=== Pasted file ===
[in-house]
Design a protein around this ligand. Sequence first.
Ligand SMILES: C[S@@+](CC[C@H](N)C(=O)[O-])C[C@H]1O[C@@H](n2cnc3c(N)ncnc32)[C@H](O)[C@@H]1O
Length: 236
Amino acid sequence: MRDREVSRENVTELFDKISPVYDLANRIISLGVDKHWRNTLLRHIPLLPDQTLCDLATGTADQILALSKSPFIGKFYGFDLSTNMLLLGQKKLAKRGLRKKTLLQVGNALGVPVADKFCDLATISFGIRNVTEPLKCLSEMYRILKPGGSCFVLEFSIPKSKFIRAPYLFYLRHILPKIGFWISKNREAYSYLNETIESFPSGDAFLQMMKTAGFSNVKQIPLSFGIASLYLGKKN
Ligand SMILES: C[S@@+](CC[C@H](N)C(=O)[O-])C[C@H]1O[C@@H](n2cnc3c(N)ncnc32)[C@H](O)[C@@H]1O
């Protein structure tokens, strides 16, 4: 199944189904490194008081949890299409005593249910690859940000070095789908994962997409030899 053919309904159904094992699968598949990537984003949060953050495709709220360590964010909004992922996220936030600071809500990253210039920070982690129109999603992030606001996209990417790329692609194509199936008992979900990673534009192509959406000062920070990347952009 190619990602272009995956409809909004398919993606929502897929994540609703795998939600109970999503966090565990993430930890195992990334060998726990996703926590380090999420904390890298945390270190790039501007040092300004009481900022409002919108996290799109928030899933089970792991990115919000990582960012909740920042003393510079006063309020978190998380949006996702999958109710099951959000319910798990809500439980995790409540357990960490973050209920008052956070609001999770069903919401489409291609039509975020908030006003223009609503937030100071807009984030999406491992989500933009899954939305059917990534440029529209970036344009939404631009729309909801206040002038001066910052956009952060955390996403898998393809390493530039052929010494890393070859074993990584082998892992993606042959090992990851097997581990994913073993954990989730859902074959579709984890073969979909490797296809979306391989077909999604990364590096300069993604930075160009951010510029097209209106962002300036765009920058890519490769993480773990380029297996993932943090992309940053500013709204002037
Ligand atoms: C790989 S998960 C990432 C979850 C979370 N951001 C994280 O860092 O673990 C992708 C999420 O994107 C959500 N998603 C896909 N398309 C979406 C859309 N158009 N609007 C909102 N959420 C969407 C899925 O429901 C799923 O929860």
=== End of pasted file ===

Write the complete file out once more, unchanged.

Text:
[in-house]
Design a protein around this ligand. Sequence first.
Ligand SMILES: C[S@@+](CC[C@H](N)C(=O)[O-])C[C@H]1O[C@@H](n2cnc3c(N)ncnc32)[C@H](O)[C@@H]1O
Length: 236
Amino acid sequence: MRDREVSRENVTELFDKISPVYDLANRIISLGVDKHWRNTLLRHIPLLPDQTLCDLATGTADQILALSKSPFIGKFYGFDLSTNMLLLGQKKLAKRGLRKKTLLQVGNALGVPVADKFCDLATISFGIRNVTEPLKCLSEMYRILKPGGSCFVLEFSIPKSKFIRAPYLFYLRHILPKIGFWISKNREAYSYLNETIESFPSGDAFLQMMKTAGFSNVKQIPLSFGIASLYLGKKN
Ligand SMILES: C[S@@+](CC[C@H](N)C(=O)[O-])C[C@H]1O[C@@H](n2cnc3c(N)ncnc32)[C@H](O)[C@@H]1O
């Protein structure tokens, strides 16, 4: 199944189904490194008081949890299409005593249910690859940000070095789908994962997409030899 053919309904159904094992699968598949990537984003949060953050495709709220360590964010909004992922996220936030600071809500990253210039920070982690129109999603992030606001996209990417790329692609194509199936008992979900990673534009192509959406000062920070990347952009 190619990602272009995956409809909004398919993606929502897929994540609703795998939600109970999503966090565990993430930890195992990334060998726990996703926590380090999420904390890298945390270190790039501007040092300004009481900022409002919108996290799109928030899933089970792991990115919000990582960012909740920042003393510079006063309020978190998380949006996702999958109710099951959000319910798990809500439980995790409540357990960490973050209920008052956070609001999770069903919401489409291609039509975020908030006003223009609503937030100071807009984030999406491992989500933009899954939305059917990534440029529209970036344009939404631009729309909801206040002038001066910052956009952060955390996403898998393809390493530039052929010494890393070859074993990584082998892992993606042959090992990851097997581990994913073993954990989730859902074959579709984890073969979909490797296809979306391989077909999604990364590096300069993604930075160009951010510029097209209106962002300036765009920058890519490769993480773990380029297996993932943090992309940053500013709204002037
Ligand atoms: C790989 S998960 C990432 C979850 C979370 N951001 C994280 O860092 O673990 C992708 C999420 O994107 C959500 N998603 C896909 N398309 C979406 C859309 N158009 N609007 C909102 N959420 C969407 C899925 O429901 C799923 O929860």